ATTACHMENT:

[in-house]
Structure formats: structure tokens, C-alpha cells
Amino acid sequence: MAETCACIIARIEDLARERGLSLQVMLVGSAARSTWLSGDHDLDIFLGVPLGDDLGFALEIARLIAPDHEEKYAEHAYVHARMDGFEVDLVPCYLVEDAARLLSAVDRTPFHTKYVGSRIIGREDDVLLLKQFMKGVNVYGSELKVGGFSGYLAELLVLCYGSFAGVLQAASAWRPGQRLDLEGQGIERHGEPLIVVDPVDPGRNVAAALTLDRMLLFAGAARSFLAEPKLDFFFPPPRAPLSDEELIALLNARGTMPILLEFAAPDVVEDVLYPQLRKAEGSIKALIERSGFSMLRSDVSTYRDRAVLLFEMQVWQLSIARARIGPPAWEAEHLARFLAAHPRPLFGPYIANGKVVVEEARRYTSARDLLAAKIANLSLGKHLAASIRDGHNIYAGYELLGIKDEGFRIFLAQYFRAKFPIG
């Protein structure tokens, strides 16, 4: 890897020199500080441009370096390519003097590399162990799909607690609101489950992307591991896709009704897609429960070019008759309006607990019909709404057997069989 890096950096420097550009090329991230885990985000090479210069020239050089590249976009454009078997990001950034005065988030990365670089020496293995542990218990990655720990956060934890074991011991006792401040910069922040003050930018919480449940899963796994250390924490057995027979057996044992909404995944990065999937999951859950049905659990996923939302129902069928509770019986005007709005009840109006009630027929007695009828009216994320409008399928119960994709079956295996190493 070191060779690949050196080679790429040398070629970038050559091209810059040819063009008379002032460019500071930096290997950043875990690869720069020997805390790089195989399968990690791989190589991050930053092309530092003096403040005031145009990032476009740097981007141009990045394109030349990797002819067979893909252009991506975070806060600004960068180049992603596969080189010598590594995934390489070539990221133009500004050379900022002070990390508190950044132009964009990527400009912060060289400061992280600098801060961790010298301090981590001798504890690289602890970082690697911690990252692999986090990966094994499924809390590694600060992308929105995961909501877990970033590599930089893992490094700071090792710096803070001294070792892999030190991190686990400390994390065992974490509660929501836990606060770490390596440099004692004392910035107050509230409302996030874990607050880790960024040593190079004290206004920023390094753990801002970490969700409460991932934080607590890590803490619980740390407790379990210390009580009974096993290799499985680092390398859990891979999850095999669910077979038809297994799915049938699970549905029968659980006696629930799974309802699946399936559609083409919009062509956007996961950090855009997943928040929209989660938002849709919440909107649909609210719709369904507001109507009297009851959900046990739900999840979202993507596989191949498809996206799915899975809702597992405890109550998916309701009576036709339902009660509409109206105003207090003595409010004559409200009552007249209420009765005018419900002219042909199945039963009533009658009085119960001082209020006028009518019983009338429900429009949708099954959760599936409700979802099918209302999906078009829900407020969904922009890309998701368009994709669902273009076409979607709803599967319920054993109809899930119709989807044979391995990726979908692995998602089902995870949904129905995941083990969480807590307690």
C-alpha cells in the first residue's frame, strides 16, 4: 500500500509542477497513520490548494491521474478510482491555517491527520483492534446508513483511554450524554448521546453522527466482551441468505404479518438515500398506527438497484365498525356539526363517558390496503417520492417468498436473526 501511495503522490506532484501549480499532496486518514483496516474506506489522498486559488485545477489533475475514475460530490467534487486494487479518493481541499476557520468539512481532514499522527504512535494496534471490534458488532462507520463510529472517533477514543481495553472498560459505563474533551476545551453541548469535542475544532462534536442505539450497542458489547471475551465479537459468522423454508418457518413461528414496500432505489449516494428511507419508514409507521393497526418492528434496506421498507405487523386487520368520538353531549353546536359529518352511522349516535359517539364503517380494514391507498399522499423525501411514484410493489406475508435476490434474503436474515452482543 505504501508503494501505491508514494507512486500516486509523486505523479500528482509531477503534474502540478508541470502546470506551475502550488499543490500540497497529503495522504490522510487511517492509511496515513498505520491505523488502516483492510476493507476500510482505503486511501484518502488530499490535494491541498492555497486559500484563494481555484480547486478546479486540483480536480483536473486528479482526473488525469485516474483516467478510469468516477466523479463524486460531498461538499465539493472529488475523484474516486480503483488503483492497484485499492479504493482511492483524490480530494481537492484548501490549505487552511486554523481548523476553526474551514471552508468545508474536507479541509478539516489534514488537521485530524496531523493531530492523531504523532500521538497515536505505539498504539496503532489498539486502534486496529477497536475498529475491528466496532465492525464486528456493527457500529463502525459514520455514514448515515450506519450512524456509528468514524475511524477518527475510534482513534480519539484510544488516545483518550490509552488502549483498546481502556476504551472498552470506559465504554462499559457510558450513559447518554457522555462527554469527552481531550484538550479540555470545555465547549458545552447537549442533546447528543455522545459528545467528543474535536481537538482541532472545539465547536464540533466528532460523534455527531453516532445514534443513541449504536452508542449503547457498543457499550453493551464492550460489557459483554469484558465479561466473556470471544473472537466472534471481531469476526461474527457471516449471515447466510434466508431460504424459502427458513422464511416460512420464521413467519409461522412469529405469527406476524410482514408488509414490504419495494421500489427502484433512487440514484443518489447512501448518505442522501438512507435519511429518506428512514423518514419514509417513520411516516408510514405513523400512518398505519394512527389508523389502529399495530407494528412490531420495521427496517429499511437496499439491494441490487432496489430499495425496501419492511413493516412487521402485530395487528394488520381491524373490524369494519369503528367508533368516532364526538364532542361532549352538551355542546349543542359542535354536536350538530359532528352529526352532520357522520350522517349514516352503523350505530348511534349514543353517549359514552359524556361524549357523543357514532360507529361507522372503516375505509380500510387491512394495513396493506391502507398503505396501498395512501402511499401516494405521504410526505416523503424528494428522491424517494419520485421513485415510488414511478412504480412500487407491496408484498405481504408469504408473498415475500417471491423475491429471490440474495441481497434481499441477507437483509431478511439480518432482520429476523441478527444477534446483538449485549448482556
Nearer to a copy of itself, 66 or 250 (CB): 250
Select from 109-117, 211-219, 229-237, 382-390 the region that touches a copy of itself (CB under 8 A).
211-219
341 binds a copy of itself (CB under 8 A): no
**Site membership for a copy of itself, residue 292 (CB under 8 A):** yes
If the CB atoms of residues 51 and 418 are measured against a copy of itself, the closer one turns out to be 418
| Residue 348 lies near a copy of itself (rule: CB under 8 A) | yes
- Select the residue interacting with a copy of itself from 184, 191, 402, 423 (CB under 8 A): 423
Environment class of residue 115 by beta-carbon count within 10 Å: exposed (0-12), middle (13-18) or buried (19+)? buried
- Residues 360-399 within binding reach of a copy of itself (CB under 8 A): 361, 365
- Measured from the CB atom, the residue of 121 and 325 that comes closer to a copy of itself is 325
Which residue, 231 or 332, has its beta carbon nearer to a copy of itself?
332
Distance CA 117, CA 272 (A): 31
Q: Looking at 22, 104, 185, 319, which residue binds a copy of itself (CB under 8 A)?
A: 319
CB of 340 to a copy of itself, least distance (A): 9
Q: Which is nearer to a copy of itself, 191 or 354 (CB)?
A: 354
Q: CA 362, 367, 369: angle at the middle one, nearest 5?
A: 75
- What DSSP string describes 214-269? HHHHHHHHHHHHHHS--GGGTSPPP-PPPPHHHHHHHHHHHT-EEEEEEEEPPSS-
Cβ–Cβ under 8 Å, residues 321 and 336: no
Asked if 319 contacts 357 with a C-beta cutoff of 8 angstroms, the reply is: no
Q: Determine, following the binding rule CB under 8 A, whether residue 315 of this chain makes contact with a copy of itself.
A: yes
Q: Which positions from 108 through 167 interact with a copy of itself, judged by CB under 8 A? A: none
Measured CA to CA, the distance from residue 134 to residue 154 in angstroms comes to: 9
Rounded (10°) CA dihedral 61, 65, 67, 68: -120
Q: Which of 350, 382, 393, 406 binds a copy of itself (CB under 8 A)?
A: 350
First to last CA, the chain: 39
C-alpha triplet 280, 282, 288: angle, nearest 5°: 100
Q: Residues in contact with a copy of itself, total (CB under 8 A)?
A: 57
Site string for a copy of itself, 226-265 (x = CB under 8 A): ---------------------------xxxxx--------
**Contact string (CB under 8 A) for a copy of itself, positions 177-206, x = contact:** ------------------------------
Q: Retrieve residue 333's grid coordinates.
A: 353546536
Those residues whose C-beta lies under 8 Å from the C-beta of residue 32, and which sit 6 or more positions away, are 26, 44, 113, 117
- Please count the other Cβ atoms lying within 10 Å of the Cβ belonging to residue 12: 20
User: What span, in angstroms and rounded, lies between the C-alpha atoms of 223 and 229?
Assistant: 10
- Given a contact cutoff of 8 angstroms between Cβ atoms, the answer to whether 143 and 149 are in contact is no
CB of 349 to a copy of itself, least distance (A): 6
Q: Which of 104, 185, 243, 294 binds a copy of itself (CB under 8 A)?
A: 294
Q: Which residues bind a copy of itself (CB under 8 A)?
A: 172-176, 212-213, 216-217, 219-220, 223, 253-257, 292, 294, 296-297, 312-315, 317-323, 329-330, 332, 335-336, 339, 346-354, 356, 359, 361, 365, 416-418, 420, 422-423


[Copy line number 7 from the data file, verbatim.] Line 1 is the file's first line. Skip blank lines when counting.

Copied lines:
Select from 109-117, 211-219, 229-237, 382-390 the region that touches a copy of itself (CB under 8 A).